Homebuilder confidence unexpectedly slipped in June, prompting a home builder trade group to blame the Trump administration’s trade policies.
That is playing politics with the rising price of lumber.
Builder confidence in the market for new houses fell two points to 68 in June on the NAHB/Wells Fargo Housing Market Index (HMI). The decline was due in large part to sharply elevated lumber prices, according to the National Association of Home Builders.
The NAHB was quick to blame tariffs the Trump administration placed on lumber imported from Canada for the slip.
“Builders are optimistic about housing market conditions as consumer demand continues to grow,” said NAHB Chairman Randy Noel. “However, builders are increasingly concerned that tariffs placed on Canadian lumber and other imported products are hurting housing affordability. Record-high lumber prices have added nearly $9,000 to the price of a new single-family home since January 2017.”
No doubt higher prices are eating away at the profits margins of homebuilders. But are tariffs really to blame?
While lumber prices are up sharply this year, the evidence suggests that tariffs are playing only a minor, supporting role in that rise. The Trump administration first put a 20 percent tariff on Canadian lumber in April 2017. That coincided with a jump in the price of framing lumber, as measured by the Random Lengths Composite Framing Price index, from around $400 per thousand square feet to around $430, a 7.5 percent increase. But that was just about the high point for lumber costs last year. By year’s end, lumber was selling for $433, about 20 percent higher than it had the year before.
That was about 20 percent higher than the year prior. And while that might seem like evidence for tariffs pushing up prices, it is noteworthy that the December 2016 prices were up from December 2015 by around 13.6% despite no increase in tariffs at all. And December 2015’s prices were 15.7 percent lower than December 2014. Between 2009 and 2010, the average annual price rose 27 percent.
In other words, there’s a lot of volatility in lumber prices. The biggest factor driving prices is demand for lumber, which is why prices picked up so quickly when the housing market started to recover in 2010.
Even though the broader economy got off to a slow start in the first quarter of 2018, new housing starts were up 7.14 percent in the first quarter compared with the prior year. And things have picked in the second quarter. April’s housing starts–the most recent month available–were 10 percent than the prior year, according to Census Bureau.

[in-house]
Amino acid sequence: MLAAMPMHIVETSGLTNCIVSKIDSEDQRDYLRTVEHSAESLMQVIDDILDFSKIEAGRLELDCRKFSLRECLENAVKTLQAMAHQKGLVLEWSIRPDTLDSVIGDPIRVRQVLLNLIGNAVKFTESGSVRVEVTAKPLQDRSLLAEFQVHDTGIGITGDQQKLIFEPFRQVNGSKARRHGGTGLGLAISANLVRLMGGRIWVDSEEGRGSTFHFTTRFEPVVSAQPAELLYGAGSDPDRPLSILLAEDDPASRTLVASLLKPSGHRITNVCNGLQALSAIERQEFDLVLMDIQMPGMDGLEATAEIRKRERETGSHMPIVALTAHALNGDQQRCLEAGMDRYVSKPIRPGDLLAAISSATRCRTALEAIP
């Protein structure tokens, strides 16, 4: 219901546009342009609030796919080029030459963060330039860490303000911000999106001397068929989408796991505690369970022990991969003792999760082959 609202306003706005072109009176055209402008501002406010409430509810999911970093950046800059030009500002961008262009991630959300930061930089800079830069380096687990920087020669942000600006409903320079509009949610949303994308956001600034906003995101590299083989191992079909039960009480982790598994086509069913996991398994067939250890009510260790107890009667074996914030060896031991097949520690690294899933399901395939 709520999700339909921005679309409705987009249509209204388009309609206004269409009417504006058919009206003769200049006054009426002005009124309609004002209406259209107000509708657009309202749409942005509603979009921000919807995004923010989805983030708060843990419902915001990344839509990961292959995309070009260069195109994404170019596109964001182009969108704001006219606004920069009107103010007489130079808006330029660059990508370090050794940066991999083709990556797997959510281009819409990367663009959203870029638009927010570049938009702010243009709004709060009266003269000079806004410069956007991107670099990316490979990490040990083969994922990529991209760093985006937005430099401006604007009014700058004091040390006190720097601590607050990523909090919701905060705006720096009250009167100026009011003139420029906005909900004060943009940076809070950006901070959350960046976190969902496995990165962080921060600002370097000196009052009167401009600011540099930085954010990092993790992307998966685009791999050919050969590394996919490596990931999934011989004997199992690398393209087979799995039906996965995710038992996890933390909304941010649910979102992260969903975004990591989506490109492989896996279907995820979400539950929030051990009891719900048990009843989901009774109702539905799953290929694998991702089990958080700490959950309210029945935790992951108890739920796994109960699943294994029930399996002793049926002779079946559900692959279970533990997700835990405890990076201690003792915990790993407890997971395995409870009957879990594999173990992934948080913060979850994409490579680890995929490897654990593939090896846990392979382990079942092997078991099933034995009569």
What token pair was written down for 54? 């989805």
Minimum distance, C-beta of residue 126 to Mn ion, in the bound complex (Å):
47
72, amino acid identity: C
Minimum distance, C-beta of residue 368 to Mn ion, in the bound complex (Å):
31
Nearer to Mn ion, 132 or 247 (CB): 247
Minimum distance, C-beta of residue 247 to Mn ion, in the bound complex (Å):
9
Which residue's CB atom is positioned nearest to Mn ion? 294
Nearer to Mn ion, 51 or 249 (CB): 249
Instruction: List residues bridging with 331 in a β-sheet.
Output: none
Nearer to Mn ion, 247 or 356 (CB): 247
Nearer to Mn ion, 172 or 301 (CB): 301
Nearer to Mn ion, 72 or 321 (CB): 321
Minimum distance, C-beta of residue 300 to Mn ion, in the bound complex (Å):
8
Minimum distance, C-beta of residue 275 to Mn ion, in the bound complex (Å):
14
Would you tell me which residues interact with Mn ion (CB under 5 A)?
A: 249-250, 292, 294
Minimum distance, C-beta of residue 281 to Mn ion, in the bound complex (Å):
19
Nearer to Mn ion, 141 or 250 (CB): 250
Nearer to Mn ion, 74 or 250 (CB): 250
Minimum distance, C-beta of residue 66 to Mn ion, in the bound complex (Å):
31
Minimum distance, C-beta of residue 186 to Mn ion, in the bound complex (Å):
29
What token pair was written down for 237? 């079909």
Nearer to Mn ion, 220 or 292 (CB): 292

The NAHB points out that lumber prices Random Lengths Composite Framing Price index is up 59 percent since the start of 2017. But most of that increase is quite recent. The price of lumber jumped all the way up to $552 per thousand feet in May, from $498 in April. That 10 percent rise mirrors the month earlier rise in housing starts.
Lumber tariffs did not, however, increase from April to May.
Which indicates that tariffs are likely not the big driver of rising prices. Rather, it is the strength of the economy. The rapid rise in the price of lumber in May is very likely an early indicator that housing starts will come in higher than expected in May. We’ll find out Tuesday if that prediction is right.
Even the NAHB agrees that the accelerating economy will spur additional building this year.
“Improved economic growth, continued job creation and solid housing demand should spur additional single-family construction in the months ahead,” said NAHB Chief Economist Robert Dietz.
Certainly, home builders do not seem all that worried about tariffs. Despite the decline in June, the confidence index has averaged 70 so far in 2018, the highest level ever. Not even the housing bubble of the mid-2000s saw that level of homebuilder confidence.
To be sure, lumber prices would likely be cheaper in the absence of the Trump tariffs, which would mean bigger profits for homebuilders. In no small part, this would be due to Canada’s practice of selling lumber to its sawmills from government forests at below market prices–the very practice that gave rise to the U.S. tariffs in the first place.
But there’s little reason to give credence to the NAHB’s assertion that the tariffs are the primary, or even a major driver, of price hikes that came nearly a year after the tariffs were introduced.